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Characterizing and Classifying Eukaryotes Chapter 12. Eukaryotes. Major groups eukaryotes covered in a Micro course Protozoa Fungi Algae Helminths (we’ll save these till later) We’ll cover the medical importance of all of these groups in later lectures!.

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  • Major groups eukaryotes covered in a Micro course
    • Protozoa
    • Fungi
    • Algae
    • Helminths (we’ll save these till later)

We’ll cover the medical importance of all of these groups in later lectures!

  • Diverse group defined by three characteristics
    • Eukaryotic
    • Unicellular
    • Lack a cell wall
  • With exception of apicomplexans (much more about these guys later!), they are motile by means of cilia, flagella, and/or pseudopodia
distribution of protozoa
Distribution of Protozoa
  • Require moist environments
  • Most live worldwide in ponds, streams, lakes, and oceans; critical members of plankton
  • Others live in moist soil, beach sand, and decaying organic matter
  • Very few are pathogens
nutrition of protozoa
Nutrition of Protozoa
  • Most are chemoheterotrophic
  • Obtain nutrients by phagocytizing bacteria, decaying organic matter, other protozoa, or the tissues of host
  • Few absorb nutrients from surrounding water
  • Dinoflagellates and euglenoids are sometimes considered protozoa but they are photoautotrophic and are traditionally grouped with the algae.
  • Chemoheterotrophic
  • Have cell walls typically composed of chitin
  • Lack chlorophyll; do not perform photosynthesis
  • Related to animals
  • Reproduction
    • All have some means of asexual reproduction
    • Most also reproduce sexually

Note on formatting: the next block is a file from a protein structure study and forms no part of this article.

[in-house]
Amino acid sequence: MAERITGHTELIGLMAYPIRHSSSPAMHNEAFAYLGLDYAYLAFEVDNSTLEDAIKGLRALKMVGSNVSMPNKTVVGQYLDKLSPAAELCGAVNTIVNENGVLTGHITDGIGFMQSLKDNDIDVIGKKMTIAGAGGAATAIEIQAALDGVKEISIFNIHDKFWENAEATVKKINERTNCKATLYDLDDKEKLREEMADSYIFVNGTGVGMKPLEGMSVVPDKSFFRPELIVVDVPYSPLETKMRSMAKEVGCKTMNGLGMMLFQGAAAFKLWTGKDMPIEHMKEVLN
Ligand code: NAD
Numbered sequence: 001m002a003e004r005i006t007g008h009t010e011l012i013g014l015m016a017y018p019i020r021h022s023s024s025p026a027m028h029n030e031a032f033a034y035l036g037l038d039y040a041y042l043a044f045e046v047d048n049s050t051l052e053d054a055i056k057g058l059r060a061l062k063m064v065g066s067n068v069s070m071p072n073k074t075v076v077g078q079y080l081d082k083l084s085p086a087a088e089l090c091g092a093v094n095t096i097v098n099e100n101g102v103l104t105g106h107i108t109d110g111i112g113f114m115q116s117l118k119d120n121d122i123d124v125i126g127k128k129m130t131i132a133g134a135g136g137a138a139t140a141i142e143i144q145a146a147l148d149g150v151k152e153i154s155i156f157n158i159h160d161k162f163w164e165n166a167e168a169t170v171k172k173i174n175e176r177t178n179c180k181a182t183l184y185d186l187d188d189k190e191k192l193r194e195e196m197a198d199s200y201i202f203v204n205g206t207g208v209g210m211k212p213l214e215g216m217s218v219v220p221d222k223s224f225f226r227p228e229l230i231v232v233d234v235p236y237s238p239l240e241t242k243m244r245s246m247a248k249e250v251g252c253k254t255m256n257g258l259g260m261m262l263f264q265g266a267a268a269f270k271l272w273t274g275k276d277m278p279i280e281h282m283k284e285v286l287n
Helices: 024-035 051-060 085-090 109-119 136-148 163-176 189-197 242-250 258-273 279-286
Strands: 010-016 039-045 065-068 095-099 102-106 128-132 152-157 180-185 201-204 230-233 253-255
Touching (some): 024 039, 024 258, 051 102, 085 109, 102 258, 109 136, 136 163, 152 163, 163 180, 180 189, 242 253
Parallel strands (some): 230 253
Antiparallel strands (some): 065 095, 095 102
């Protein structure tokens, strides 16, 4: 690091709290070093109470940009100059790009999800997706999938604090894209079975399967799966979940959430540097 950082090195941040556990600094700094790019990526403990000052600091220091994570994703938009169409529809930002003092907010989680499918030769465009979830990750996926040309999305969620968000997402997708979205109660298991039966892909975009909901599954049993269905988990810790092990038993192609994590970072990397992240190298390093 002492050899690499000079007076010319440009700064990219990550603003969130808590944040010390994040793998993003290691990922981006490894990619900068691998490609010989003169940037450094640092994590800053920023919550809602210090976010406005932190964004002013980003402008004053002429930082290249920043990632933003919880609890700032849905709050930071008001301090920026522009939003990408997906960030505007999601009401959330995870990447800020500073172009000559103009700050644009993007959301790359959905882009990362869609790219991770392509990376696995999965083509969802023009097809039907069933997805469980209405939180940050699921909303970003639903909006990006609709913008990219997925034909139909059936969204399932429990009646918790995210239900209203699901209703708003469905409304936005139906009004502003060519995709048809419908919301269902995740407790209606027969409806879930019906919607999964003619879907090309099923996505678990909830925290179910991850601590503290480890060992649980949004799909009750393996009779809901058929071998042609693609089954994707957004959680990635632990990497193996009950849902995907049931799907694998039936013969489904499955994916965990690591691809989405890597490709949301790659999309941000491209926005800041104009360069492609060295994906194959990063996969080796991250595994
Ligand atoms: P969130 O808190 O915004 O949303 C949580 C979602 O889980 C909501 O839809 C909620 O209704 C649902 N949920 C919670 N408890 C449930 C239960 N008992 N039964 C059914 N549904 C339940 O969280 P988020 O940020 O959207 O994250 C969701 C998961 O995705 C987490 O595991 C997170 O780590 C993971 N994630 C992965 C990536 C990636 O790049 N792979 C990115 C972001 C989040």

significance of fungi
Significance of Fungi
  • Decompose dead organisms and recycle their nutrients
  • Form beneficial associations with roots of vascular plants that help plant absorb water and minerals
  • Used for food and in manufacture of foods and beverages
  • Produce antibiotics
  • Important research tools
  • 30% cause diseases of plants, animals, and humans
  • Can spoil fruit, pickles, jams, and jellies
fungal morphology
Fungal Morphology

Figure 12.16a

fungal morphology1
Fungal Morphology

Figure 12.16b

fungal morphology2
Fungal Morphology

Figure 12.16c

nutrition of fungi
Nutrition of Fungi
  • Acquire nutrients by absorption
  • Most are saprobes
  • Some trap and kill microscopic soil-dwelling nematodes
  • Haustoria allow some to derive nutrients from living plants and animals
  • Most are aerobic; some are anaerobic; many yeasts are facultative anaerobes
  • Partnerships between fungi and photosynthetic microbes (green algae or cyanobacteria)
  • Grow on soil, rocks, leaves, tree bark, other lichens, and even on backs of tortoises; almost every habitat
  • Occur in three basic shapes – fruticose, crustose, foliose
  • Important in creation of soil from rocks
  • Eaten by many animals
  • Diverse group of photoautotrophic aquatic organisms
  • Major role in aquatic food chains
  • Fix carbon dioxide into organ carbon
  • Produce somewhere between 50% and 80 % of the Earth’s oxygen
  • Morphology: Unicellular, colonial, or have simple multicellular bodies (thalli)
algae d inoflagellates
Algae: Dinoflagellates
  • They have two flagella and may have armor (cellulose plates) or may be naked (without armor). Dinoflagellates have pigments and can carry on photosynthesis. Major component of phytoplankton.
  • Gonyaulax
    • Red tide
    • Paralytic shellfish poisoning
  • Noctiluca miliaris
    • Bioluminescent
algae bacillariophyta diatoms
Algae: Bacillariophyta (Diatoms)

Diatoms are sometimes grouped with the golden algae (Chrysophyta)



Golden algae

phaeophyta brown algae
Phaeophyta (Brown algae)
  • Largest and most complex of the algae
  • Kelp is a brown algae
    • Giant kelp - up to 100 meters in size
  • Seaweeds = large, multicellular marine algae of coastal waters which include members of the Brown, Red, and Green algae groups
chlorophyta green algae
Chlorophyta (green algae)
  • Over 7000 species known
    • Freshwater and marine
    • Unicellular and multicellular forms
  • Volvox
  • Chlamydomonas
  • Spirogyra